Language barrier broken

(Editor’s note: This is the second of a three-part series detailing Iola High School students who excelled in the classroom. The IHS commencement is Sunday, starting at 2 p.m. in the high school gymnasium.)

Register Reporter

Jing Gong

Jing Gong figures it took until about halfway through her junior year before she started feeling comfortable as a student at Iola High School.
Knowing only the bare necessities of American culture — and even less of the English language — tends to make a teenager a bit apprehensive.
“There was a lot of confusion at first,” admitted Gong, who will join her IHS classmates Sunday afternoon for commencement ceremonies. “I knew only a few words — ‘hello, how are you?’
“Fortunately, the teachers knew of my situation,” she continued. “They would ask, ‘Do you need help?’ I usually did.”
Gong grew up in the coastal Chinese city of Zhuhai, where her father, Joseph Caron, and her mother, Yang Gong, were eager to move their family to the United States in the fall of 2007.
“My father knew the importance of a good education, and he felt an American education would be good for me,” Gong said.
She struggled fitting in at first, but soon found her niche.
Gong credited three teachers at IHS, Betty Hawley, Travis Hermstein and Loretta Arnold, for helping her transition.
“Mrs. Hawley took a lot of extra time to work with me,” she said. “Mr. Hermstein made history so enjoyable. And I’ve always loved Mrs. Arnold’s photography classes.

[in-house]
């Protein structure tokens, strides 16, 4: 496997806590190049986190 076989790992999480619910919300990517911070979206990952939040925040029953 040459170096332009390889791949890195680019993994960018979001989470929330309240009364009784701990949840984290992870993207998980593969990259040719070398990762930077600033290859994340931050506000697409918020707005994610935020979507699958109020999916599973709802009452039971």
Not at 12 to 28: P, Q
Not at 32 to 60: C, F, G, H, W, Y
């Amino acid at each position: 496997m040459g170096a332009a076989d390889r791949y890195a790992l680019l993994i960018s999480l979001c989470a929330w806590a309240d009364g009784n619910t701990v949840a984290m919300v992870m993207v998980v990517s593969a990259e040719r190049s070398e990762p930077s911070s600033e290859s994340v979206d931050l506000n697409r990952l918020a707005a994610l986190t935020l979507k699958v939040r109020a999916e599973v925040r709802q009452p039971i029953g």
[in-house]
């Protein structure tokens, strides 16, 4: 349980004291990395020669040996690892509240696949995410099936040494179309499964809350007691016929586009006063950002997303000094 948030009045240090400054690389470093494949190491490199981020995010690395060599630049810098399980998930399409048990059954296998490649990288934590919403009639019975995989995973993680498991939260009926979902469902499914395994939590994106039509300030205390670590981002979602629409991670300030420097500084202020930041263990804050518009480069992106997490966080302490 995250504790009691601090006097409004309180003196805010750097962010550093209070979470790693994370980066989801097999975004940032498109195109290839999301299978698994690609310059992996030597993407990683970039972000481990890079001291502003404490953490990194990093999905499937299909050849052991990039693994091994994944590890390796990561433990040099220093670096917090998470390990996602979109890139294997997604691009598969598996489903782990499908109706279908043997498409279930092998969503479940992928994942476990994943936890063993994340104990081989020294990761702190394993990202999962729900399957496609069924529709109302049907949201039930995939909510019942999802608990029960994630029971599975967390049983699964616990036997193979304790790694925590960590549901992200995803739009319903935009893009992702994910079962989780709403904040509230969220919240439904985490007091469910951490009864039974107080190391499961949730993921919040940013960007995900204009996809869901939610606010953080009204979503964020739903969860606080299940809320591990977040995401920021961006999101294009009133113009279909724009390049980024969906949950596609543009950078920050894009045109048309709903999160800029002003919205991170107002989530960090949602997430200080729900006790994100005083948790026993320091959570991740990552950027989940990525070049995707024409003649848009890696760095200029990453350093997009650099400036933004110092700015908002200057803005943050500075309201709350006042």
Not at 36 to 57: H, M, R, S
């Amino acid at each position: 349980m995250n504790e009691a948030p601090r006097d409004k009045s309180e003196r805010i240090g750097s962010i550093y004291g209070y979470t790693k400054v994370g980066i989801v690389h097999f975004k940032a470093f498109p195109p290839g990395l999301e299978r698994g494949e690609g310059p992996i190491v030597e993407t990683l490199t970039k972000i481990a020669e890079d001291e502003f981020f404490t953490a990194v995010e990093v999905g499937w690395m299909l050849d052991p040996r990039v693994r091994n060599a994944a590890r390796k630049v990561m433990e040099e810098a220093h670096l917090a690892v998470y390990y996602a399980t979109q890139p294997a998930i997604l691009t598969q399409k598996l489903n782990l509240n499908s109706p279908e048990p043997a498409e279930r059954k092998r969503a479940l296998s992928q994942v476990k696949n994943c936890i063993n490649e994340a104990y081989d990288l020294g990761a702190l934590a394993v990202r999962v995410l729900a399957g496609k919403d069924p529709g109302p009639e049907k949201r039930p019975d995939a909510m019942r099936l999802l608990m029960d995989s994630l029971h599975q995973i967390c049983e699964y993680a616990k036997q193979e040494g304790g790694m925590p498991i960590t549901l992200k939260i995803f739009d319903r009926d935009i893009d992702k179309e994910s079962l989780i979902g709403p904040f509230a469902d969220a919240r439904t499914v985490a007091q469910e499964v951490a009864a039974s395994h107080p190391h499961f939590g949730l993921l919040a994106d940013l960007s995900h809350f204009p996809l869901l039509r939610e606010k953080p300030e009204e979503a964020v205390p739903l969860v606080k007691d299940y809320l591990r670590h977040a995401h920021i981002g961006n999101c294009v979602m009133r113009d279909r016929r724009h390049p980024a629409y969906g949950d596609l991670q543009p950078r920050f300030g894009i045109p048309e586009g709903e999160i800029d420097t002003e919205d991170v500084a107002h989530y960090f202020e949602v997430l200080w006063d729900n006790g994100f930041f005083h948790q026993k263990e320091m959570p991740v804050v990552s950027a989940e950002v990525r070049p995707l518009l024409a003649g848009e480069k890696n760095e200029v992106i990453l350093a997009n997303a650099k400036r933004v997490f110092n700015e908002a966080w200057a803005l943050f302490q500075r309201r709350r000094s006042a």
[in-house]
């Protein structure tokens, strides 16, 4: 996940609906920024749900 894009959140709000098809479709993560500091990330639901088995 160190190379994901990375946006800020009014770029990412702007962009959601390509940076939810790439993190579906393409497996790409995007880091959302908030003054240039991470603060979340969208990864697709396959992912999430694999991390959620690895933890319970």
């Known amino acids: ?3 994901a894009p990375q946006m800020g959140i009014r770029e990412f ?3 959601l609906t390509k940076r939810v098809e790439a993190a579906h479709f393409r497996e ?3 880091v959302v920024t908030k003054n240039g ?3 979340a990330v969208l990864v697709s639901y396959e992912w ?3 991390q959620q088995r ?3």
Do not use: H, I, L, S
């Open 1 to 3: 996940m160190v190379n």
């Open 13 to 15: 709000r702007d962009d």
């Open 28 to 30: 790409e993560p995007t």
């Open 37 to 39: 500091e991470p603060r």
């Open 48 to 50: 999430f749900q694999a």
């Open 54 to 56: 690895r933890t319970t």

“I’m the kind of person who likes to ask questions, and they would always answer them.”
Gong found help at other locales, including work, when she was hired at China Palace.
The restaurant’s owners, the Cheung family, took extra time to teach Gong how to speak English fluently.
“I still have a little trouble at times with my English,” she said with a smile, “but I’m getting better.
“I found a lot of very good friends who have helped, too,” she said. “I want to thank them for helping.”
Gong’s enthusiasm in the classroom turned into academic success. She maintained a straight A average both years at Iola High. She also received a special Presidential Award for Academic Achievement at a recent awards ceremony.
Gong will return to her native China for the summer, where her grandmother still lives, before returning to Iola in the fall to begin taking classes at Allen County Community College.
She hopes to study nursing at the University of Kansas from there.
Like her father, a social worker, and her mother, a doctor, Gong wants a career where she can help people.
“For me, if somebody is sick, then I don’t feel well,” she said. “I want to help.”